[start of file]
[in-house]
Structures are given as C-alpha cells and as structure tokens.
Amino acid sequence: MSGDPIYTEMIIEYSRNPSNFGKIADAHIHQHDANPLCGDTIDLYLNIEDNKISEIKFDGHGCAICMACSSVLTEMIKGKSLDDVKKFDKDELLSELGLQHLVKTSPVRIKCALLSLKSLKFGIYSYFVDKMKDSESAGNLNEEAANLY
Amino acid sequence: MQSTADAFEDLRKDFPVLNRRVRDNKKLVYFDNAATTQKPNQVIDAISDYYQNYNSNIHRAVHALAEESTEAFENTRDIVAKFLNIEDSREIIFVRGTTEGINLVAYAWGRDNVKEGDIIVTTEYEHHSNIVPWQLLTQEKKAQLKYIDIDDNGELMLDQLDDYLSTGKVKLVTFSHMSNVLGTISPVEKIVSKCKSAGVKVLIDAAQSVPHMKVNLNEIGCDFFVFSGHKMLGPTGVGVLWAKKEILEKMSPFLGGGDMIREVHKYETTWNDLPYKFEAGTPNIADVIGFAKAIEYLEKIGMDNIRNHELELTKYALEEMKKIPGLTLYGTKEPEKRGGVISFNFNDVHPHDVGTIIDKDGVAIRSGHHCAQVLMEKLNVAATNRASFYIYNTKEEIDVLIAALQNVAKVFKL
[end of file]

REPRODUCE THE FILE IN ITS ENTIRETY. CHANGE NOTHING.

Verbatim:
[in-house]
Structures are given as C-alpha cells and as structure tokens.
Amino acid sequence: MSGDPIYTEMIIEYSRNPSNFGKIADAHIHQHDANPLCGDTIDLYLNIEDNKISEIKFDGHGCAICMACSSVLTEMIKGKSLDDVKKFDKDELLSELGLQHLVKTSPVRIKCALLSLKSLKFGIYSYFVDKMKDSESAGNLNEEAANLY
Amino acid sequence: MQSTADAFEDLRKDFPVLNRRVRDNKKLVYFDNAATTQKPNQVIDAISDYYQNYNSNIHRAVHALAEESTEAFENTRDIVAKFLNIEDSREIIFVRGTTEGINLVAYAWGRDNVKEGDIIVTTEYEHHSNIVPWQLLTQEKKAQLKYIDIDDNGELMLDQLDDYLSTGKVKLVTFSHMSNVLGTISPVEKIVSKCKSAGVKVLIDAAQSVPHMKVNLNEIGCDFFVFSGHKMLGPTGVGVLWAKKEILEKMSPFLGGGDMIREVHKYETTWNDLPYKFEAGTPNIADVIGFAKAIEYLEKIGMDNIRNHELELTKYALEEMKKIPGLTLYGTKEPEKRGGVISFNFNDVHPHDVGTIIDKDGVAIRSGHHCAQVLMEKLNVAATNRASFYIYNTKEEIDVLIAALQNVAKVFKL